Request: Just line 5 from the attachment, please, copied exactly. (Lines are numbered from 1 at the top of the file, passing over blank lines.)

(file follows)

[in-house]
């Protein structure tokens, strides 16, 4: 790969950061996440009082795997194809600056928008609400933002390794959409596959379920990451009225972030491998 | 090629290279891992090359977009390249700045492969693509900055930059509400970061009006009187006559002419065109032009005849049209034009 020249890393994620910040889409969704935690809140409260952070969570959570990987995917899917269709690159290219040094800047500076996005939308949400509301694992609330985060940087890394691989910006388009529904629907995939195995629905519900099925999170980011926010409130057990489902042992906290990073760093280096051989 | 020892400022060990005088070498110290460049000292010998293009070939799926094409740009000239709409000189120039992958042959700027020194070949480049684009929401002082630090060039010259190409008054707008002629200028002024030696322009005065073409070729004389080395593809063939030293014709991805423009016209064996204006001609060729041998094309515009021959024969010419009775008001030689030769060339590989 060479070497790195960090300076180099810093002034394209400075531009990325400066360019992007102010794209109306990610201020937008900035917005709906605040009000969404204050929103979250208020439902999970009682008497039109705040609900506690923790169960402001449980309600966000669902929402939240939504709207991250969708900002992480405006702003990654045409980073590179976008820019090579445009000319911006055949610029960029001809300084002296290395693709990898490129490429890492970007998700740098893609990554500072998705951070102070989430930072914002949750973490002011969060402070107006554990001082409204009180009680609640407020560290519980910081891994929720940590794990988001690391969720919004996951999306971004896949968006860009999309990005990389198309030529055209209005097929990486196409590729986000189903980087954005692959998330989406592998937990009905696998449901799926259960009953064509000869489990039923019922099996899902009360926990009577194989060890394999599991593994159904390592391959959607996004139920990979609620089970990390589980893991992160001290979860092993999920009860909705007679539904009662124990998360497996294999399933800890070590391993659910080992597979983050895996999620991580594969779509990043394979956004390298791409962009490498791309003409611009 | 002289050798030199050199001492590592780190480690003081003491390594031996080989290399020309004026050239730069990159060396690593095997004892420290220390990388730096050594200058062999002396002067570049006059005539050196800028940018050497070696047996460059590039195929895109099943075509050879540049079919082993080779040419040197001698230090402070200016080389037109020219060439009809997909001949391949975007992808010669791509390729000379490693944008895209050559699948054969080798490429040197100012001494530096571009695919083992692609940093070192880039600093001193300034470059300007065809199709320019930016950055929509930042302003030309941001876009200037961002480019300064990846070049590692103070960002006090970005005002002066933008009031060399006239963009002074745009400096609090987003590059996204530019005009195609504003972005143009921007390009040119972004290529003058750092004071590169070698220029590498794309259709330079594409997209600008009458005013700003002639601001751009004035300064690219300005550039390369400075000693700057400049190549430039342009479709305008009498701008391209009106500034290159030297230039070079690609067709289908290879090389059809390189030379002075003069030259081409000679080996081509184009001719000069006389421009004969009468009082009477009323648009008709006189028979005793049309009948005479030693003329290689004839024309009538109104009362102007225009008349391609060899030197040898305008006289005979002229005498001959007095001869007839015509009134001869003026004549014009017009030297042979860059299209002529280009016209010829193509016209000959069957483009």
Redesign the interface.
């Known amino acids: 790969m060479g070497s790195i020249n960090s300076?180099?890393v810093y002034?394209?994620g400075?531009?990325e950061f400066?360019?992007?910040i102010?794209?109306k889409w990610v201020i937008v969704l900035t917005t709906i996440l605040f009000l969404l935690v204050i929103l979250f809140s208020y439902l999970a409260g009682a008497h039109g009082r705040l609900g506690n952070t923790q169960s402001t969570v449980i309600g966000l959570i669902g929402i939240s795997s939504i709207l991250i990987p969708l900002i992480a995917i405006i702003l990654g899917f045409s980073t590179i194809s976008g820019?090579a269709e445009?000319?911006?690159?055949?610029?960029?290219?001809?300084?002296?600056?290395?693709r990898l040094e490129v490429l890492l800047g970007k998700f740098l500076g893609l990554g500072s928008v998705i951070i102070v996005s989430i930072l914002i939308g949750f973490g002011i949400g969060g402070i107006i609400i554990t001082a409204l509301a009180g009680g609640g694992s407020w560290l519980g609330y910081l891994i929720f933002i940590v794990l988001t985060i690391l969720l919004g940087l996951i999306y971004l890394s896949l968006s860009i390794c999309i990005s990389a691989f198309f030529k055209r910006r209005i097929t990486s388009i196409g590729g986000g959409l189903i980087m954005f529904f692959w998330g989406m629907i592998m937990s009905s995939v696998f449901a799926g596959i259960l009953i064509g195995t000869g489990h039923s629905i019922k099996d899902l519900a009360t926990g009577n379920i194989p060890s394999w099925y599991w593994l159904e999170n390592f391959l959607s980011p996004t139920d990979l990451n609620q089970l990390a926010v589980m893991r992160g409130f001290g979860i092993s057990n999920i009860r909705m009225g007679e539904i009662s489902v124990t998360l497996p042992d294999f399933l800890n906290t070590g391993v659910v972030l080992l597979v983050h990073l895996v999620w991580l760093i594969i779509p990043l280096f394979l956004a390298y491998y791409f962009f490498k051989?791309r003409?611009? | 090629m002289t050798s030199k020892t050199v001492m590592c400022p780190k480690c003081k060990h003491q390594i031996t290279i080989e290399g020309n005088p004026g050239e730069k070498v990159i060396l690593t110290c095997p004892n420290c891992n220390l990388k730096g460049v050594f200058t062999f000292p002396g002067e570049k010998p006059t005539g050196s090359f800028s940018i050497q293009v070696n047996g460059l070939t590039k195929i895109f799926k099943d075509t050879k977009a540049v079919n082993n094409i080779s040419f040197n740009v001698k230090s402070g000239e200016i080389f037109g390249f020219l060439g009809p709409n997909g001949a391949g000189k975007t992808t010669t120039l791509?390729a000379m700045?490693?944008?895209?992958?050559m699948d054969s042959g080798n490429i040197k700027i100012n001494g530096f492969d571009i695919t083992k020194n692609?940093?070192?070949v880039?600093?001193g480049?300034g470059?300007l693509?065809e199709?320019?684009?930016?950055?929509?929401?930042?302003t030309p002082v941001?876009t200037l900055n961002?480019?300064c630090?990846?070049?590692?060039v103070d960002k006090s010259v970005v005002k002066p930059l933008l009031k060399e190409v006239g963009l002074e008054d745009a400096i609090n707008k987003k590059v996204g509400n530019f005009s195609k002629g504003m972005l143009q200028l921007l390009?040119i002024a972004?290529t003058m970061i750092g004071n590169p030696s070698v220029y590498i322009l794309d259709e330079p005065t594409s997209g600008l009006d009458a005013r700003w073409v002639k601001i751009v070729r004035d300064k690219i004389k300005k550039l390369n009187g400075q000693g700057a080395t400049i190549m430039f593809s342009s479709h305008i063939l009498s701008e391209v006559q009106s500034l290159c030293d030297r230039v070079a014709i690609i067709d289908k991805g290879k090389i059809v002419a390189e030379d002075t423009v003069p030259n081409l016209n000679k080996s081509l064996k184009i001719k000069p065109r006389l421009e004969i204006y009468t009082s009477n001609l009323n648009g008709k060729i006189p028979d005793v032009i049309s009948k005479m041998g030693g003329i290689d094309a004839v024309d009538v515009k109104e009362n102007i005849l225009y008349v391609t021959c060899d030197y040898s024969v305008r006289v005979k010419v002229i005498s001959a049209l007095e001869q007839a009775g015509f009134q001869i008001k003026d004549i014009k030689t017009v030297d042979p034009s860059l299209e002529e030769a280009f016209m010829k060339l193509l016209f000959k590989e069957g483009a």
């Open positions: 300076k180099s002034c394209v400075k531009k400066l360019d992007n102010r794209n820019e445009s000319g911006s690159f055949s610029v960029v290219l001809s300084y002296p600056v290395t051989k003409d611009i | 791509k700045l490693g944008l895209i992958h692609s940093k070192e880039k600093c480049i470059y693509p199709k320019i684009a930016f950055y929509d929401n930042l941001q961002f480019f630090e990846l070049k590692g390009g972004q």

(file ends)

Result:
């Open positions: 300076k180099s002034c394209v400075k531009k400066l360019d992007n102010r794209n820019e445009s000319g911006s690159f055949s610029v960029v290219l001809s300084y002296p600056v290395t051989k003409d611009i | 791509k700045l490693g944008l895209i992958h692609s940093k070192e880039k600093c480049i470059y693509p199709k320019i684009a930016f950055y929509d929401n930042l941001q961002f480019f630090e990846l070049k590692g390009g972004q």